Philharmonia Orchestra/Lorin Maazel – The Firebird, The Rock, The Poem of Ecstasy – Daniil Trifonov plays Prokofiev

The Firebird [1919 Suite]
Piano Concerto No.2 in G minor, Op.16
The Rock, Op.7
Le Poème de l’extase, Op.54

Daniil Trifonov (piano)

Philharmonia Orchestra
Lorin Maazel

Reviewed by: Colin Anderson

Reviewed: 13 December, 2012
Venue: Southbank Centre, London – Royal Festival Hall

Lorin Maazel. Photograph: Silvia LelliLorin Maazel included two pieces that he has been conducting throughout his long career, the Stravinsky and the Scriabin. He also embraced a Rachmaninov rarity, The Rock, inspired by Lermontov’s poem; or maybe it was Chekhov’s story, On the Road, for the author used the same opening lines of the Lermontov to preface his work as did the 20-year-old Rachmaninov who confided to the writer it was his tale that had motivated his composing. Whether concerning Lermontov’s flyaway cloud and a lonely crag or Chekhov’s disillusioned traveller, the music itself, while no more than ‘showing promise’, is certainly illustrative, from the depths and with much sun-hazed colouring, a breezy and engaging description owing to Borodin in the few bars of (Polovtsian) dance. The score’s delicate textures, drama and final sense of tragedy were given full value in this affectionate and perfectly formed performance.

Daniil Trifonov. Photograph: multi-prizewinner, including last year’s International Tchaikovsky Competition, Daniil Trifonov made merry with Prokofiev’s brash, motoric and flamboyant Second Piano Concerto (his greatest such work). He threw his technique at it. But there was a lack of characterisation and colour, and dynamics were limited, particularly those that lie between mezzo-forte and fortissimo. The huge, crazy cadenza in the first movement peaked too soon, and the fast music of the second movement, and the processional of the third, lacked for variety. The finale leapt out of the starting gates to no great purpose except to demonstrate that Trifonov can play brilliantly at excessive speed yet also showed how incongruent this movement can be; the ‘folksong’ episode was too great a contrast. Nevertheless, the solo bars following the ‘false ending’ introduced greater variety in his touch and description. Maazel and the Philharmonia were faithful accompanists (although the sea-monster cellos in the last movement might be thought an exaggeration), and if Trifonov is clearly a phenomenal talent, there is more to this concerto than he found here; nonetheless this lack of engagement with what can be discovered behind the notes should not contradict Trifonov’s humongous facility and eager enthusiasm. He returned too soon though for an encore, a Study by Scriabin (I believe), again stunning in its despatch, but following this of all concertos, something less hyperactive and roof-raising would have been welcome.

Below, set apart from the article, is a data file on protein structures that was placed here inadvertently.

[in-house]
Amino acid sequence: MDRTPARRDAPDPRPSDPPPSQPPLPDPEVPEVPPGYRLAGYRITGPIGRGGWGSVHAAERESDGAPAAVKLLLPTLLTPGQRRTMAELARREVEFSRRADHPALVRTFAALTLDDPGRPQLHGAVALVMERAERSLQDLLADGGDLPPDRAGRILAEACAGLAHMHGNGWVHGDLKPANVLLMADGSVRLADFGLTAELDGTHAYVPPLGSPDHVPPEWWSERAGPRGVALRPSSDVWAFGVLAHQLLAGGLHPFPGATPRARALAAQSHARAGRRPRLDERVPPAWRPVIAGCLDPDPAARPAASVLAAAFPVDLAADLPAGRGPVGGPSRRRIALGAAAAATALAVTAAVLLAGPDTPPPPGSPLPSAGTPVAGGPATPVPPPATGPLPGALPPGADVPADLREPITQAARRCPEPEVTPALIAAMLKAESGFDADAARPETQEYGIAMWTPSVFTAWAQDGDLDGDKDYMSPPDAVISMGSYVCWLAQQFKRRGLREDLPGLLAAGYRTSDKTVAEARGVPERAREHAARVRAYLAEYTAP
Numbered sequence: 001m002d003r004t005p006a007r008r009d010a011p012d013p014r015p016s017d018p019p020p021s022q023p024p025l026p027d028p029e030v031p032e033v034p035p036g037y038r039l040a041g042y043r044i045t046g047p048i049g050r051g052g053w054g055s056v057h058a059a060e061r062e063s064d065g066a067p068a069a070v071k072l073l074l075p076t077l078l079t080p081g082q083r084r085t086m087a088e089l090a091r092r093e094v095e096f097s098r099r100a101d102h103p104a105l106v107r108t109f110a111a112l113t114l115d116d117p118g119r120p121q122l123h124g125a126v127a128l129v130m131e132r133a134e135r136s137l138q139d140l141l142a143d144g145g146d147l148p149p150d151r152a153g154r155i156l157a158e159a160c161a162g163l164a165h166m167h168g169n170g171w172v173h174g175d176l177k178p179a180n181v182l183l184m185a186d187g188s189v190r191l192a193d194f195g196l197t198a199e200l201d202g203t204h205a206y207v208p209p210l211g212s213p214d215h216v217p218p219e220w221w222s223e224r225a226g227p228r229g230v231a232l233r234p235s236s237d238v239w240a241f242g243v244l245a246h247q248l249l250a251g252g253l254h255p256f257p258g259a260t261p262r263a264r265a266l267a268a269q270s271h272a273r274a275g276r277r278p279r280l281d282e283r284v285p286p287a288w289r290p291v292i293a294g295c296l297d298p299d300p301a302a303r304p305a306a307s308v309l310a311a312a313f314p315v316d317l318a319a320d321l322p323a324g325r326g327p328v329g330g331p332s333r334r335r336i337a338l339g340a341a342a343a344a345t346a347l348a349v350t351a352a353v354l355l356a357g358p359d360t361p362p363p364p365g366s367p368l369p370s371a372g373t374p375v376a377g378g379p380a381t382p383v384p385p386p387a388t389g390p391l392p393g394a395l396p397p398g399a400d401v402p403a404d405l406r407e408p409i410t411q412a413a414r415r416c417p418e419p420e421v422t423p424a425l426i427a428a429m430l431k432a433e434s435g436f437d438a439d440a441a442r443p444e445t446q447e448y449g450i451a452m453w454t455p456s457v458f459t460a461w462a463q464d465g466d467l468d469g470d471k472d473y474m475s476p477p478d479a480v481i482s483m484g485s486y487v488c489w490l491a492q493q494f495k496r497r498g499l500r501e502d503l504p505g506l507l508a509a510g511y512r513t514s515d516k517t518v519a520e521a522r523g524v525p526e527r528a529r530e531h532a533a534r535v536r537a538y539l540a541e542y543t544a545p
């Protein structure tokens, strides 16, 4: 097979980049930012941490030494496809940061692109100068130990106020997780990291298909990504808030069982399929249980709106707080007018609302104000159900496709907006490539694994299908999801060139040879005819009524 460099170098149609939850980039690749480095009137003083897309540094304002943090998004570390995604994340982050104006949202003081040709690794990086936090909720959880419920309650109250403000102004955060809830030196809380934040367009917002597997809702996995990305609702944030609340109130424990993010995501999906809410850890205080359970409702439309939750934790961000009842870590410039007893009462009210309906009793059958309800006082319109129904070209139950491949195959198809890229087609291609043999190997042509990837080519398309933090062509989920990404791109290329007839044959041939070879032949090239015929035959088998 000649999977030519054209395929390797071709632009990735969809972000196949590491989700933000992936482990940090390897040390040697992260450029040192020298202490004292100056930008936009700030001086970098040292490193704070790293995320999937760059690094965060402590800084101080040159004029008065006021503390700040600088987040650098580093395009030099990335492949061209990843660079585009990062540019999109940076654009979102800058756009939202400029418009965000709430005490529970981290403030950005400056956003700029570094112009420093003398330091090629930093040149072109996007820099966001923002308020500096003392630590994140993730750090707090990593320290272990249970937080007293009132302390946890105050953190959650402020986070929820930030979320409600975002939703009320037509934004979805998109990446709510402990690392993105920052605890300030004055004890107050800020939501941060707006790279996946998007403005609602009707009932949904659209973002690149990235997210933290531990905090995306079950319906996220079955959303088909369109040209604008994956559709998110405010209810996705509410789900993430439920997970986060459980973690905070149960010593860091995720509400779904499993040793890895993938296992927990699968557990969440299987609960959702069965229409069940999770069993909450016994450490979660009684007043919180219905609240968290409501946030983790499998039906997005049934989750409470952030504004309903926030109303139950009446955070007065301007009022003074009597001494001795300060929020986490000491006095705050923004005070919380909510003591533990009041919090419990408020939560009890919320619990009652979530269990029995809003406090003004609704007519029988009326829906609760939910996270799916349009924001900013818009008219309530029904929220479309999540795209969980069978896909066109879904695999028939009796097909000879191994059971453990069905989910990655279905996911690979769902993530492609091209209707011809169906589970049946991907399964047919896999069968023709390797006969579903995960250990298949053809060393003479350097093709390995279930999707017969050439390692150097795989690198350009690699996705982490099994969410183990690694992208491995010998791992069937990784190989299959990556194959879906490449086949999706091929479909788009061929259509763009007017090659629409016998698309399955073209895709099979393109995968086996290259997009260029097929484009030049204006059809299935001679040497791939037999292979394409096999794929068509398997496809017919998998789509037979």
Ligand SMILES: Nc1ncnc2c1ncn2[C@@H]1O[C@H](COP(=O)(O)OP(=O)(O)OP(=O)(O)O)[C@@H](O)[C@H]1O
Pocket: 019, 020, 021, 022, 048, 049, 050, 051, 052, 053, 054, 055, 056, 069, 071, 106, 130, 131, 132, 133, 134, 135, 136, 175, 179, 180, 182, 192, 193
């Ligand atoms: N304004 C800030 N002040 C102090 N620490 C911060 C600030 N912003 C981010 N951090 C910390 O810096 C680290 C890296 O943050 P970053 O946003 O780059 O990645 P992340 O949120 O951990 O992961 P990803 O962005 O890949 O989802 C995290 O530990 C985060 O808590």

Of the Maazel ‘specials’ the Stravinsky opened in eerie menace, secretive and slithery, the sudden burst into iridescence crisply delivered. The slower music was languid, arguably too much so if with much sensitive solo playing. Kaschei’s appearance was suitably eruptive although Maazel’s deliberate tempo rather lost the ‘Infernal’ aspect, yet leading into the ‘Finale’ (rather heavyweight) the ultra-soft strings and Nigel Black’s horn solo were both magical. To close, the Scriabin was sensational. From the off the music seduced whether through potent languor or fevered agitation, a free-flowing yet rigorous account blessed with heroic trumpet-playing (Jason Evans) and sensuous violin solos from Andrew Haveron. But this was a team effort, the Philharmonia Orchestra at-one with a great conductor in his element; details were diaphanous, the sound itself voluptuous, the final climax taking off ‘big time’ with Scriabin’s extravagant scoring (including organ) flooding the auditorium to overwhelming effect. The final chord – long and loud – clinched a fabulous performance and was greeted by a properly ecstatic ovation.

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